VIDEO: ‘Flying’ water taxis tested for first time on River Seine in Paris

The seemingly madcap image of 'flying' water taxis ferrying Parisians up and the down the River Seine took a step closer to becoming reality this week when the futuristic vehicles called SeaBubbles were tested for the first time.

VIDEO: 'Flying' water taxis tested for first time on River Seine in Paris
Photo: AFP

On Wednesday the first prototype of a SeaBubble was tested on the River Seine before it was to be presented on Thursday at the tech fair VivaTech at the Porte de Versailles.

The idea is that the SeaBubbles can one day be used as taxis along the river which cuts through the heart of Paris and help reduce traffic congestion in the city. They would be ordered by members of the public through a mobile phone app, in the way that Uber taxis are.

“We have requests from all over the world,” said French creator Alain Thébault, a former yachtsman.

“The problem is the same in all cities. In Paris, we cannot continue to have all these cars on the quays, we must take back the river. There is room for the cruise boats and also for the SeaBubbles,” Thébault said.  

The “SeaBubble” – “a bubble with four wings” – floats above the water, and can reach 18km/hr thanks to two small electric motors.

It floats 70 centimetres above the river, only making contact with the water via its four “marine wings”, or foils, which reduces the resistance by 30 to 40 percent compared to a boat of a similar size.

Like cars the boats can fit five people, essentially four passengers and a pilot.

“The idea actually came from my daughters after I sailed from LA to Hawaii recently,” the inventor, Alain Thébault, a former French Yachtsman told The Local previously. 

“They told me to invent a zero-emission cab because they were sick of seeing the pollution in Paris, London, and in the US.”

After this week's first tests, demonstrations with the public will take place in September. A dock where the electric powered boats can be recharged will be installed on the river bank next to the Musée d’Orsay.

Paris Mayor Anne Hidalgo has up until now supported the project but it remains to be seen whether she will sanction it. However with so many cities apparently interested Hidalgo will want to be first, if the tests go as planned.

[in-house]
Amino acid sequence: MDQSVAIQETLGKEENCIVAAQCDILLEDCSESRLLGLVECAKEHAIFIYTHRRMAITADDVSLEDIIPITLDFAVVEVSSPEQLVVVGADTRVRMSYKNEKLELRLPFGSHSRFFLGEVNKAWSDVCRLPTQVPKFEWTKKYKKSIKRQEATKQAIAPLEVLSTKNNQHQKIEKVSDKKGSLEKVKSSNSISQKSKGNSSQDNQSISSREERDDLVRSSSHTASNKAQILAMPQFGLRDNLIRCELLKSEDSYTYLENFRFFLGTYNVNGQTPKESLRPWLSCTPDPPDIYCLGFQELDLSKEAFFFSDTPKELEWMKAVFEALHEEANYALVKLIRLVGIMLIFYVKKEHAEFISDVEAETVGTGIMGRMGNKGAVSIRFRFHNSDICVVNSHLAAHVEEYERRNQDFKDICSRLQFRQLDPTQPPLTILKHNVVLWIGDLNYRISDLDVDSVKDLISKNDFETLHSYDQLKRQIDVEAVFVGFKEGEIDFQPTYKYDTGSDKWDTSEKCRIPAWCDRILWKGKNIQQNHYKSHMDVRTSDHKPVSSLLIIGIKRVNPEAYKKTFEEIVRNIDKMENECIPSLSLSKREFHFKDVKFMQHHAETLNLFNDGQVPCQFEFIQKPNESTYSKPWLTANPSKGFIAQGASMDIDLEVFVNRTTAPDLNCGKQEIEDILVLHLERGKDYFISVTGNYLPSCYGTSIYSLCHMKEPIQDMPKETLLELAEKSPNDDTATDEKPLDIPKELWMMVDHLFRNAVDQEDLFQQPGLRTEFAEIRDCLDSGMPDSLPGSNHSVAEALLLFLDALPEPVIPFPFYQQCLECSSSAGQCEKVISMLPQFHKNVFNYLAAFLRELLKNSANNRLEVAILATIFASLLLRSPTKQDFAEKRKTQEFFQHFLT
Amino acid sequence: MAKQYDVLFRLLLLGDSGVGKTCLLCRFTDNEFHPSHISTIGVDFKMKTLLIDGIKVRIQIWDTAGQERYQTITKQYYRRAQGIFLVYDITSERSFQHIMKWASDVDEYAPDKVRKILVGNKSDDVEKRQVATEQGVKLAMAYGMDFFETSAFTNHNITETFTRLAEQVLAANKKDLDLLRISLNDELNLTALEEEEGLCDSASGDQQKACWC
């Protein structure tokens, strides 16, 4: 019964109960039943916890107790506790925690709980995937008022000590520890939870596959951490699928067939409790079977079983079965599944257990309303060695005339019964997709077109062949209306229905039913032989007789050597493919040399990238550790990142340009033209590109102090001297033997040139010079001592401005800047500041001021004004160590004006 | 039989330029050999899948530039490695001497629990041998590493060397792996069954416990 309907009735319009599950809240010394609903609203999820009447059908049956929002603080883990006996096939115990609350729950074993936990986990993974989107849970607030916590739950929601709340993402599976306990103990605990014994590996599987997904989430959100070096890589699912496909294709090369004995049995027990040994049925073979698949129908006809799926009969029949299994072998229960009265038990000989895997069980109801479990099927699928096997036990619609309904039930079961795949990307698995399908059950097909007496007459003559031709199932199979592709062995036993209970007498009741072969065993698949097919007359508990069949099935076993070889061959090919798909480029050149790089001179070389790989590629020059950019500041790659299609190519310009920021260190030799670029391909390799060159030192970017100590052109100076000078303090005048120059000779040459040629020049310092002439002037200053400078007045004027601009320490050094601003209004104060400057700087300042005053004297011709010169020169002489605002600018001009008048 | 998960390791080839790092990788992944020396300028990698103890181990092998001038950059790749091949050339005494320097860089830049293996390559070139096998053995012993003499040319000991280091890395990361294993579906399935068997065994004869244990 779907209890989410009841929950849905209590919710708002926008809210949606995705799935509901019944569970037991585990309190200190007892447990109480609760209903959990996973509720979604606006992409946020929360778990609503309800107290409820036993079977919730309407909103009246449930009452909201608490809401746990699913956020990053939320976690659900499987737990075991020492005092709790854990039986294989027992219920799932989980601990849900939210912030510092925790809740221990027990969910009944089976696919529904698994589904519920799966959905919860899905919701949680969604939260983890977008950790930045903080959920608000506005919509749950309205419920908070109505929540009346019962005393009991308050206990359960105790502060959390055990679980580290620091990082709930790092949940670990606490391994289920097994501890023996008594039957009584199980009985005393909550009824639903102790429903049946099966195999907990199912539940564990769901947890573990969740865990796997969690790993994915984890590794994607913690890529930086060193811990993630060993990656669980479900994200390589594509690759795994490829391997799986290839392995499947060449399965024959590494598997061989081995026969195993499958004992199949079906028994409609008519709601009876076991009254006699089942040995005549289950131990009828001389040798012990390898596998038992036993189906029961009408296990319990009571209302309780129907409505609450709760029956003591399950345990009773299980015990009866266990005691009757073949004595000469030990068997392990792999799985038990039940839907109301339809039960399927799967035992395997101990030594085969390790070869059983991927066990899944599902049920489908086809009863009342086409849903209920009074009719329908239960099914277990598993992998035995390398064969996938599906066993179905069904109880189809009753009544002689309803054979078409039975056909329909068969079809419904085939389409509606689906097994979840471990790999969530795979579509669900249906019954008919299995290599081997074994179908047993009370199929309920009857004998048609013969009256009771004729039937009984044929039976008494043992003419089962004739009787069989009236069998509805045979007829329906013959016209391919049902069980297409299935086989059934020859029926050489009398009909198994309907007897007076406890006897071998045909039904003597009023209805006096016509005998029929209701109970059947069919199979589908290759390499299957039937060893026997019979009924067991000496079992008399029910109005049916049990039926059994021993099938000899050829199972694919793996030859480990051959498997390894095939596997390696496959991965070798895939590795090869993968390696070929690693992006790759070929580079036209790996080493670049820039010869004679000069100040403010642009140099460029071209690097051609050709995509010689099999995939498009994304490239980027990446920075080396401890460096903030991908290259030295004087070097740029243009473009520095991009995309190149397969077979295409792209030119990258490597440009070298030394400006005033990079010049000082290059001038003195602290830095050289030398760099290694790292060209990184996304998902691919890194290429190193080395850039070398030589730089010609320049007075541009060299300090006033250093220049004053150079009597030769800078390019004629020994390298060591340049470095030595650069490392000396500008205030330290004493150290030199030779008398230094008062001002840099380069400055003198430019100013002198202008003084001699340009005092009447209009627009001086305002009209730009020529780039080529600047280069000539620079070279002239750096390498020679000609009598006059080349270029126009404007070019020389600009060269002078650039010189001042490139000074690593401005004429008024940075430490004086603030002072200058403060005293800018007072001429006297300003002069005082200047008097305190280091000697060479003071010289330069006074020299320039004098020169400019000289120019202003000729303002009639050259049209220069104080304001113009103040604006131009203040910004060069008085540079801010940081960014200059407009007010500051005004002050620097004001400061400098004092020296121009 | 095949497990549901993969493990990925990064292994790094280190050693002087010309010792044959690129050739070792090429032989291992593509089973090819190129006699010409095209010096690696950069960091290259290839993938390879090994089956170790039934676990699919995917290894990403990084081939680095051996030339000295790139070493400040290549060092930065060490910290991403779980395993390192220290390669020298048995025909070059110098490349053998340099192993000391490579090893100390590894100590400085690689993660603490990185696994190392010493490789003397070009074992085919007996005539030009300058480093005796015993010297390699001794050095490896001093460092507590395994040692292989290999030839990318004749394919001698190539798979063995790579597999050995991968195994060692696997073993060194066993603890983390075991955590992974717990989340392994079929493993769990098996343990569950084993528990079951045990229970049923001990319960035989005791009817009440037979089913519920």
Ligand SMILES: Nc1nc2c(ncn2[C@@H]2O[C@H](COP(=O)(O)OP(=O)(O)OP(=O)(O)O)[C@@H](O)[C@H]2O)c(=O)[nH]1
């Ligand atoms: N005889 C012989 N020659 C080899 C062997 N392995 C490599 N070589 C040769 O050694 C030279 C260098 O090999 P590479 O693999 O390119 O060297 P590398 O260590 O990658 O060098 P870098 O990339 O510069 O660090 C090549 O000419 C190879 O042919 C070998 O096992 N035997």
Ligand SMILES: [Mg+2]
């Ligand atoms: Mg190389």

(Previous image of what the River Seine could look like in the future. AFP)


Google to appeal €500m French fine in copyright row

Google's legal tussle with French regulators continues.

Google to appeal €500m French fine in copyright row
Google to appeal €500m French fine in copyright row (Photo by ALAIN JOCARD / AFP)

Google on Wednesday said it is appealing a decision by France’s competition watchdog to hand it a €500m fine in a row with news outlets over the use of their content under EU copyright rules.

“We disagree with some of the legal elements, and consider the amount of the fine to be disproportionate compared to the efforts we have put in place to reach a deal and respect the new law,” Sebastien Missoffe, head of Google France, said in a statement.

The fine, issued by the French Competition Authority in July, was the biggest in the agency’s history for a failure to comply with one of its rulings.

Head of Google France, Sebastien Missoffe, has hit back against French regulators (Photo by JACQUES DEMARTHON / AFP)

The watchdog said Google had failed to negotiate “in good faith” with media companies in a long-running legal battle over the internet giant’s use of snippets of articles, photos and videos in search results.

The row has centred on claims that Google has used this content in its search results without adequate compensation, despite the seismic shift of global advertising revenues towards the search giant over the past two decades.

In April last year, the French competition authority ordered Google to negotiate “in good faith” with media groups after it refused to comply with a 2019 European Union law governing digital copyright.

The so-called “neighbouring rights” aim to ensure that news publishers are compensated when their work is shown on websites, search engines and social media platforms.

Last September, French news publishers including Agence France-Presse (AFP) filed a complaint with regulators, saying Google was refusing to move forward on paying to display content in web searches.

While Google insists it has made progress, the French regulator said the company’s behaviour “indicates a deliberate, elaborate and systematic lack of respect” for its order to negotiate in good faith.

The Competition Authority rebuked Google for failing to “have a specific discussion” with media companies about neighbouring rights during negotiations over its Google Showcase news service, which launched late last year.

Missoffe insisted Wednesday that Google “recognises neighbouring rights, and we remain committed to signing agreements in France”.

“We have extended our offers to nearly 1,200 publishers and modified aspects of our contracts,” he said, adding that the company has “shared data demanded of us in order to conform to the Competition Authority’s decision”.